I heard what he said, and in giving him the benefit of the doubt, I think he was referring to how some women will experience muscle constriction to the point where insertion becomes extremely difficult. However, even if that was his intent, this thing is so blown out of proportion, there is no way he could ever explain or apologize enough. And, of course, his original point "prosecute the rapist, don't take it out on the baby" was completely lost. He was a guy who was stridently anti-abortion and I think a lot of people are going to take exception to anything he says.
In response to this news story, many anti-abortion organizations have re-released articles on studies that show that pregnancies resulting from traumatic rape are very rare. The theory is that the trauma of rape can cause hormone fluctuations that make implantation and maintenance of a pregnancy difficult. The response to this is that these studies are very well documented.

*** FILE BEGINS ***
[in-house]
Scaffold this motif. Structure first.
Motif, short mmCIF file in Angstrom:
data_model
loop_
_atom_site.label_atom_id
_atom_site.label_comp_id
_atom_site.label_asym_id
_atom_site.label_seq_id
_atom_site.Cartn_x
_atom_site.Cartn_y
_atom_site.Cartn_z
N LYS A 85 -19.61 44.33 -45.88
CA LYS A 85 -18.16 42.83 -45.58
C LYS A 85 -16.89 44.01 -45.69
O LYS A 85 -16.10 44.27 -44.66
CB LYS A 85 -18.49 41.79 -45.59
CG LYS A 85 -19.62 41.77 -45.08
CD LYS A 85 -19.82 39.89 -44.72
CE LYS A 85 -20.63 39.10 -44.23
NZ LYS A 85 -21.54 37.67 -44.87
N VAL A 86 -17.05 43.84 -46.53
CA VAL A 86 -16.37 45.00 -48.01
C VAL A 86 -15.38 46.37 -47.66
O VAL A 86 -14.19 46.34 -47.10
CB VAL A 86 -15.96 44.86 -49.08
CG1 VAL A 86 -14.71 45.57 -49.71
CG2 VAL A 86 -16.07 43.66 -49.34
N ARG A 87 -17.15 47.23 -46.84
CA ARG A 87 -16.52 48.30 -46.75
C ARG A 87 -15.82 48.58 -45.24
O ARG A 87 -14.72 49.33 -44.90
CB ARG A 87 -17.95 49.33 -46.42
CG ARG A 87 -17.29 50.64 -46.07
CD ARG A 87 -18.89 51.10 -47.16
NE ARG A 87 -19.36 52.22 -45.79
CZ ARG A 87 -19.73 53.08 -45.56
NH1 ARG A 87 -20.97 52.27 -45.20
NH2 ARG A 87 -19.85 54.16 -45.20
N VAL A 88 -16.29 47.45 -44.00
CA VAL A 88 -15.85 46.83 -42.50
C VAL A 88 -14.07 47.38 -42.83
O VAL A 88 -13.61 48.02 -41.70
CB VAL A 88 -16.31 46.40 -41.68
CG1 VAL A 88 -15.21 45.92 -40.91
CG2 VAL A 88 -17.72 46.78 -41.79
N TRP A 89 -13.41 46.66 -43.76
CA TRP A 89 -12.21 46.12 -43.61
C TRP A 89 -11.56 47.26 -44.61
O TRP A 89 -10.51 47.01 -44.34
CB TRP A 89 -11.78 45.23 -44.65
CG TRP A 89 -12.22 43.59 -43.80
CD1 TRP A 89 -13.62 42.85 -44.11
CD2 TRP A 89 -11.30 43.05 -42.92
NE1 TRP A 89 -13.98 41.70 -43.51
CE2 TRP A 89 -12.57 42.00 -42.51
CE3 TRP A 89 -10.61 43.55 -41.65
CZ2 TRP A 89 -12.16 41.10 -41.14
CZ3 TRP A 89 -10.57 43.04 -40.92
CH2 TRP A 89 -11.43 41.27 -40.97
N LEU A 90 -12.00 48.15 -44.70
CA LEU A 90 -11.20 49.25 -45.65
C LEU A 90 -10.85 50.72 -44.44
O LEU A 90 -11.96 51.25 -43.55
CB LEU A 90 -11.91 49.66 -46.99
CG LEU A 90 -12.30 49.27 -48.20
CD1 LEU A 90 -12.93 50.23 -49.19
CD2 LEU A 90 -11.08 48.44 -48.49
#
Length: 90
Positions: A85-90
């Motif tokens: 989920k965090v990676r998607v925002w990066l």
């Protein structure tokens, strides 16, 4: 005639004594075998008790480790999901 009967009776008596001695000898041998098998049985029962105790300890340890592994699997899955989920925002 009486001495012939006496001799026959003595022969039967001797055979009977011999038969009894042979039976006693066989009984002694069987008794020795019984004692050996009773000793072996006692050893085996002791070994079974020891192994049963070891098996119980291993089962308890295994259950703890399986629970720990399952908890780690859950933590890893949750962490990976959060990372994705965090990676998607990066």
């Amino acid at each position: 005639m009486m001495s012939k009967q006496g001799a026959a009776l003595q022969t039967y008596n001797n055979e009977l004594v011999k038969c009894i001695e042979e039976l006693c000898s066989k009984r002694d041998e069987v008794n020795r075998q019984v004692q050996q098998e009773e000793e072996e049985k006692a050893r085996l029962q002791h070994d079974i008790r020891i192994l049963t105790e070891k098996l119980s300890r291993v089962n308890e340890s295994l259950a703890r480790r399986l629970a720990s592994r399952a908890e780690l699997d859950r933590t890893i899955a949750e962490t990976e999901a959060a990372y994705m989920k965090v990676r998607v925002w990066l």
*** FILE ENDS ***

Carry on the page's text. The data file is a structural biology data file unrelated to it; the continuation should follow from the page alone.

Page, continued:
In terms of "legitimate rape", Akins was trying to differentiate between traumatic rape by a stranger versus acquaintance rape (date rape) or statutory rape (which is illegal but might be between consensual partners). A lot of people jumped to the conclusion that he thought that there were a lot of false accusations of rape.
But all this is a paper tiger. Is abortion after a rape any more justified that any other abortion? (Which is Akin's stance.) Is a woman any less in control of her reproduction decisions just because she was raped or not raped? The whole "except in cases of rape" clause is an imperfect compromise. I think it just leads more woman seeking an abortion to claim they have been raped which helps no one. Should a woman ever have to justify to a third party why she made such a difficult decision?